What is customer segmentation and how does it improve CX (with types, tips and examples)


Madalina Pandrea

June 10, 2024 | 7 min read

Last Updated: Jun 10, 2024

When you’re building, marketing or optimizing a product, there’s no ‘one size fits all’. No two customers have the same exact needs—so how do you address them?

The answer is to put your product users into useful categories—otherwise known as customer segmentation.

By dividing your customers into groups with similar attributes—from who they are to how they use your website or product—you find ways to address each segment’s needs, preferences and pain points.

This guide covers everything you need to understand your user base and deliver a customer experience (CX) every one of your customers loves, seeks and deserves.

What is customer segmentation?

Customer segmentation is the process of sorting customers into different groups based on their shared characteristics—like preferences, behavior or demographics. This helps you understand your customers better and serve them in a way that feels more personal and tailored to their needs.

Basically, segmentation is like sorting through your customer base to find out what they have in common—what they do, what they need and what they like. Then, with the results from your customer segmentation analysis, you can tailor marketing efforts and campaigns, sales outreach and product messaging to each of these different customer groups.

This simple act of spotting similarities or patterns is a game-changer for your company, boosting empathy, retention and loyalty, while giving your customers exactly what they want.

Customer segmentation vs. user segmentation

Terms like ‘customer’ and ‘user’ may sound similar, but they differ in context: customers make purchases, while users engage with products or services.

For segmentation, both methods involve grouping individuals by their traits or actions, with each applied differently in marketing and product development:

  • Customer segmentation
    is focused on buyers and their purchasing habits. For example, you could segment customers into groups like ‘frequent buyers’ or ‘high-income customers.’
  • User segmentation
    is focused on understanding and improving the experience of individuals who interact with a specific product or service, regardless of whether they’ve made a purchase. To do that, you might segment users into groups such as ‘casual users’ or ‘power users.’


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What are the different types of customer segmentation?

Different ways or models of segmenting customers let you understand, empathize with and meet the needs of various groups of individuals who share similar characteristics.

Here are nine different customer segmentation types and how to use each one to build more meaningful, relevant experiences:

  1. Behavioral segmentation
    groups customers based on the actions they take on your site or product. It includes behavior-related patterns like pages visited, shopping carts abandoned, email and ad click-throughs and frustration indicators (like rage clicks).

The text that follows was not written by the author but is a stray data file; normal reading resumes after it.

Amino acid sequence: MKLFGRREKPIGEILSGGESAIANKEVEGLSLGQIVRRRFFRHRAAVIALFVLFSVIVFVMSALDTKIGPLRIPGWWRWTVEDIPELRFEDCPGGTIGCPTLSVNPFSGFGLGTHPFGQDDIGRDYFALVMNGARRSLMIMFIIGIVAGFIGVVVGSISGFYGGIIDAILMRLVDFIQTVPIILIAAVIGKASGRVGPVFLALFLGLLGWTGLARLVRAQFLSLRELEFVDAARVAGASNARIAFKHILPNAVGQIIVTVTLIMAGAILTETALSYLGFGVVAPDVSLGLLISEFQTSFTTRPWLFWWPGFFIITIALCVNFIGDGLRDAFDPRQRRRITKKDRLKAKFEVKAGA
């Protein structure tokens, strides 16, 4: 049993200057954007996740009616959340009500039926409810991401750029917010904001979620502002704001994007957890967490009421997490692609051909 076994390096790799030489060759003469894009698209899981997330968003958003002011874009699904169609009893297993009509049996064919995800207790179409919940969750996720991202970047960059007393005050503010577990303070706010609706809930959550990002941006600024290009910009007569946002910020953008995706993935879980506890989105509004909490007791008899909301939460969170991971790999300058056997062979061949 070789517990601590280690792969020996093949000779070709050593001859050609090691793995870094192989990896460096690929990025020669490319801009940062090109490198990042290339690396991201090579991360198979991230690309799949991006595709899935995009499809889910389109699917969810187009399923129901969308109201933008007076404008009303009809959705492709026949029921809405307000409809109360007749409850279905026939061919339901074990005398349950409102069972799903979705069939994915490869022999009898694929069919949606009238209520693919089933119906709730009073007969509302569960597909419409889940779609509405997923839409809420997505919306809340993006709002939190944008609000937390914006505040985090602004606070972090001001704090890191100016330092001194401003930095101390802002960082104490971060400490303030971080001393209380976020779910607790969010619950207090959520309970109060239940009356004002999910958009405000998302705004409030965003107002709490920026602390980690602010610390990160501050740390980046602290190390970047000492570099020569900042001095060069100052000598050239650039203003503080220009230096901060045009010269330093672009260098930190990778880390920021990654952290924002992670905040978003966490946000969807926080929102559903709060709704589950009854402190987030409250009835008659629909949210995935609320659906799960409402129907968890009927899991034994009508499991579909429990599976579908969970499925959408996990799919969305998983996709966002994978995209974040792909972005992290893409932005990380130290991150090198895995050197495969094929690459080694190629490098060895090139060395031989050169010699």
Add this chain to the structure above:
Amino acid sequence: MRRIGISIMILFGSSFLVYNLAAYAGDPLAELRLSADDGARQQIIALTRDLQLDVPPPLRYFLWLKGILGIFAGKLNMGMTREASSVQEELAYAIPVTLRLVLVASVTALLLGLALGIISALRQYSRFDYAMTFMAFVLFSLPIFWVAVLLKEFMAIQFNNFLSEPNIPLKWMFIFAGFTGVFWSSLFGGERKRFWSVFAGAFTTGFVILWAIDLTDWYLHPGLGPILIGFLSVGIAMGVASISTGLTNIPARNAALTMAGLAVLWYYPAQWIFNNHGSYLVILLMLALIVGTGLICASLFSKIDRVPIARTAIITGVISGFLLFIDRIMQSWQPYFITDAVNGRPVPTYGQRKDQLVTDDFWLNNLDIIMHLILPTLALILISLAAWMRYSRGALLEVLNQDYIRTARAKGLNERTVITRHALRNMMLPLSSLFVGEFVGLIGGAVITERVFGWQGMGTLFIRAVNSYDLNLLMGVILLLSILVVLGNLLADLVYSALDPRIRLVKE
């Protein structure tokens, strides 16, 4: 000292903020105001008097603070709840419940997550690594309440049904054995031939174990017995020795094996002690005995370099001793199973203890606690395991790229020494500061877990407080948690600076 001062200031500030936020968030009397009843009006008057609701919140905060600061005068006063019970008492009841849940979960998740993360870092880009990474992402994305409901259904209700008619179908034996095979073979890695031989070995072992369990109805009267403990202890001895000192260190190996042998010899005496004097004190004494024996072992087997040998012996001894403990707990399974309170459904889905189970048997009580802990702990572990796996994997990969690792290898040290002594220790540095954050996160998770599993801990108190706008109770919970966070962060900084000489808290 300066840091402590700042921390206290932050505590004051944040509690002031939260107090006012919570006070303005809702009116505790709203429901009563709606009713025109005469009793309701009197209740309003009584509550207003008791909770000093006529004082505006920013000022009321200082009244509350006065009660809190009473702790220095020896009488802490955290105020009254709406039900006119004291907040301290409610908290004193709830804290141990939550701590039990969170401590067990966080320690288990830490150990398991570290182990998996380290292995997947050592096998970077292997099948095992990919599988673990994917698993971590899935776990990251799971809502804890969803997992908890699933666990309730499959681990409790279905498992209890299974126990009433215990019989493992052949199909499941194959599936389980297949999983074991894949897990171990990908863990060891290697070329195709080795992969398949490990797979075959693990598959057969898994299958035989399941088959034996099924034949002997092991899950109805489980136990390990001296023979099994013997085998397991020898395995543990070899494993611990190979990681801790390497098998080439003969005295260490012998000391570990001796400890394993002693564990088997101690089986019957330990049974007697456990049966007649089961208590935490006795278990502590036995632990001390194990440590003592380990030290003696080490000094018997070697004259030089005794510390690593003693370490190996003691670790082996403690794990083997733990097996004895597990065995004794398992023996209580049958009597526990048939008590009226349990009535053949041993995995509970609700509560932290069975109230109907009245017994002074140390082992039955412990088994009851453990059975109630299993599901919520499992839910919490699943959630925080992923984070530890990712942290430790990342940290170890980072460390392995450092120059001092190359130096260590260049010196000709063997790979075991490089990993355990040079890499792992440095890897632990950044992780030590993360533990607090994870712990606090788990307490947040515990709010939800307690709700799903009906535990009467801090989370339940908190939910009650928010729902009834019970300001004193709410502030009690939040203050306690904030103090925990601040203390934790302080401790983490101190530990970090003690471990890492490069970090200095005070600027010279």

2. Demographic segmentation
    groups customers based on shared characteristics, including factors like age, gender, location, language and education.
  3. Firmographic segmentation
    groups companies (not individuals), like B2B customers, based on shared organizational attributes. They cover industry, monthly revenue, business model, employee count and business location and age.
  4. Geographic segmentation: groups customers based on their physical location. Location-based segments include continent, country, state, city and town.
  5. Psychographic segmentation
    groups customers based on their psychological traits. This includes personality, lifestyle, goals, interests, beliefs, attitudes, values and affiliations.
  6. Technographic segmentation
    groups customers based on the technology they use to access your site or product. These segments relate to tech-based factors like hardware, internet browsers, software products and integrations.
  7. Customer account data segmentation
    groups customers based on their client profile details. These can include software plan type, average purchase value, sign-up date, log-in frequency and features used.
  8. Needs-based segmentation
    groups customers based on their shared demands like preferences, pain points, problems and motivations
  9. Values-based segmentation
    groups customers according to economic qualities like ethical consumption and sustainability commitments

Exploring segmentation modelsThis is by no means an exhaustive list of segmentation models. There are a number of other different types for you to explore. For example, here’s how Ellie Wheeler, Senior Product Analyst at Hotjar, part of the Contentsquare group, uses recency, frequency, and monetary value (RFM) segmentation to evaluate customer behavior:

“RFM segmentation can provide valuable insights into customer behavior and their engagement. We use it to tailor the product experience to the specific needs and lifecycle points of customers. 

“This method is especially helpful in segmenting customers to identify the highest performing across the three metrics (Recency, Frequency, Monetary) and understanding the steps these users took. We use those insights to increase product adoption and engagement by guiding customers to be more like these top performers.”

Who uses customer segmentation?

Customer segmentation isn’t just a tool for analysts—it benefits everyone from product managers to marketers. Take a look at how each team leverages their own customer segmentation strategy and the results it leads them to:

  • Product uses segmentation to prioritize product features and enhancements that resonate most with each segment 👉 achieving more targeted, effective product development
  • eCommerce customizes website content, product recommendations and promotional offers to better meet the needs of each segment 👉 gaining higher conversion rates and growth
  • Customer service tailor their support channels, response times and solutions to address specific challenges across segments 👉 improving customer satisfaction and loyalty
  • Sales identifies high-value customer segments and allocates resources more effectively to focus their efforts on the most promising potential customers 👉 driving more sales and revenue
  • Marketing understands the unique characteristics and behaviors of each segment to create more relevant and personalized marketing strategies 👉 increasing customer engagement, conversions and retention

3 benefits of customer segmentation